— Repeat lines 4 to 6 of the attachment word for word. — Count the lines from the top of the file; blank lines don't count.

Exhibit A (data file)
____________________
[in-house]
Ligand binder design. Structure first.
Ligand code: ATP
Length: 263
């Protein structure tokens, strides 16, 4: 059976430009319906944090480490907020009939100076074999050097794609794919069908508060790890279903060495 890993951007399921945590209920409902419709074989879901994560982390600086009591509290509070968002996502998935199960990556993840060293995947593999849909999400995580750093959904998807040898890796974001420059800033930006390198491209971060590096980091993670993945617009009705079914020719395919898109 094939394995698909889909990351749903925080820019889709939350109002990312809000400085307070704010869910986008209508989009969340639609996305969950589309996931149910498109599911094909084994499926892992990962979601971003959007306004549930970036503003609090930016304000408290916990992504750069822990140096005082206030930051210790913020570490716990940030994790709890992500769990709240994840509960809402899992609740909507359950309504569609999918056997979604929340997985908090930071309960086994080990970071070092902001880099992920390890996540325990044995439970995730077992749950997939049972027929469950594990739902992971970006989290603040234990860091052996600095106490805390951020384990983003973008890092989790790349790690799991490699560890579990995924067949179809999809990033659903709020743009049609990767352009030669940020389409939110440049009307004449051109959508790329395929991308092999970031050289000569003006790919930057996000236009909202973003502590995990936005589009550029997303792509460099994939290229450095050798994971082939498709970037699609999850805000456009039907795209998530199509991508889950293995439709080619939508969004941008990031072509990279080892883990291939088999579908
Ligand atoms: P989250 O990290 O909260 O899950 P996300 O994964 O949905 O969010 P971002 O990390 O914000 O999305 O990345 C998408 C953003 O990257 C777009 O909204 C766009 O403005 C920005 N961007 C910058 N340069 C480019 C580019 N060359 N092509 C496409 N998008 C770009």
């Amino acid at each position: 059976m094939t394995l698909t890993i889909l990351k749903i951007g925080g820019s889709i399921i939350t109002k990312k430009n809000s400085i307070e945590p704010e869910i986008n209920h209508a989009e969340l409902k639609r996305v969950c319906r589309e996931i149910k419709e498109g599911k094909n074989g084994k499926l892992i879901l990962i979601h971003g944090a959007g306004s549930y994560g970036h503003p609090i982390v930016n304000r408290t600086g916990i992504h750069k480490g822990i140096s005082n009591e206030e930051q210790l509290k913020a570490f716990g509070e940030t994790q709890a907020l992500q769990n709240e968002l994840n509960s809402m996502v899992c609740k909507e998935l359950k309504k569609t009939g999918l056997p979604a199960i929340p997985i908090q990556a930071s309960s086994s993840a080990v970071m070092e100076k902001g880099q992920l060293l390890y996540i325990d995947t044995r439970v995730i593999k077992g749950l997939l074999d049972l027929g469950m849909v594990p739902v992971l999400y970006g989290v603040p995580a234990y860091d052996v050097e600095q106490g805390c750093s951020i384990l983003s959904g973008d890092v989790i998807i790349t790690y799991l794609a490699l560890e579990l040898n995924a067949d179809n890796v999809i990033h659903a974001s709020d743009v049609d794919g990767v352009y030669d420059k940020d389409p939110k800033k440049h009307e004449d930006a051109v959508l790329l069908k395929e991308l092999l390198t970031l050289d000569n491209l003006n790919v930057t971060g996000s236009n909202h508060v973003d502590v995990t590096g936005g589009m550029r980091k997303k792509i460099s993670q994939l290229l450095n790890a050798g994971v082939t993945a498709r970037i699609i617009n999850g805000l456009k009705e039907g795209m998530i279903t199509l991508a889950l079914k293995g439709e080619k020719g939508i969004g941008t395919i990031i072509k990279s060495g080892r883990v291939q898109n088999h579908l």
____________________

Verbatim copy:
Length: 263
């Protein structure tokens, strides 16, 4: 059976430009319906944090480490907020009939100076074999050097794609794919069908508060790890279903060495 890993951007399921945590209920409902419709074989879901994560982390600086009591509290509070968002996502998935199960990556993840060293995947593999849909999400995580750093959904998807040898890796974001420059800033930006390198491209971060590096980091993670993945617009009705079914020719395919898109 094939394995698909889909990351749903925080820019889709939350109002990312809000400085307070704010869910986008209508989009969340639609996305969950589309996931149910498109599911094909084994499926892992990962979601971003959007306004549930970036503003609090930016304000408290916990992504750069822990140096005082206030930051210790913020570490716990940030994790709890992500769990709240994840509960809402899992609740909507359950309504569609999918056997979604929340997985908090930071309960086994080990970071070092902001880099992920390890996540325990044995439970995730077992749950997939049972027929469950594990739902992971970006989290603040234990860091052996600095106490805390951020384990983003973008890092989790790349790690799991490699560890579990995924067949179809999809990033659903709020743009049609990767352009030669940020389409939110440049009307004449051109959508790329395929991308092999970031050289000569003006790919930057996000236009909202973003502590995990936005589009550029997303792509460099994939290229450095050798994971082939498709970037699609999850805000456009039907795209998530199509991508889950293995439709080619939508969004941008990031072509990279080892883990291939088999579908
Ligand atoms: P989250 O990290 O909260 O899950 P996300 O994964 O949905 O969010 P971002 O990390 O914000 O999305 O990345 C998408 C953003 O990257 C777009 O909204 C766009 O403005 C920005 N961007 C910058 N340069 C480019 C580019 N060359 N092509 C496409 N998008 C770009």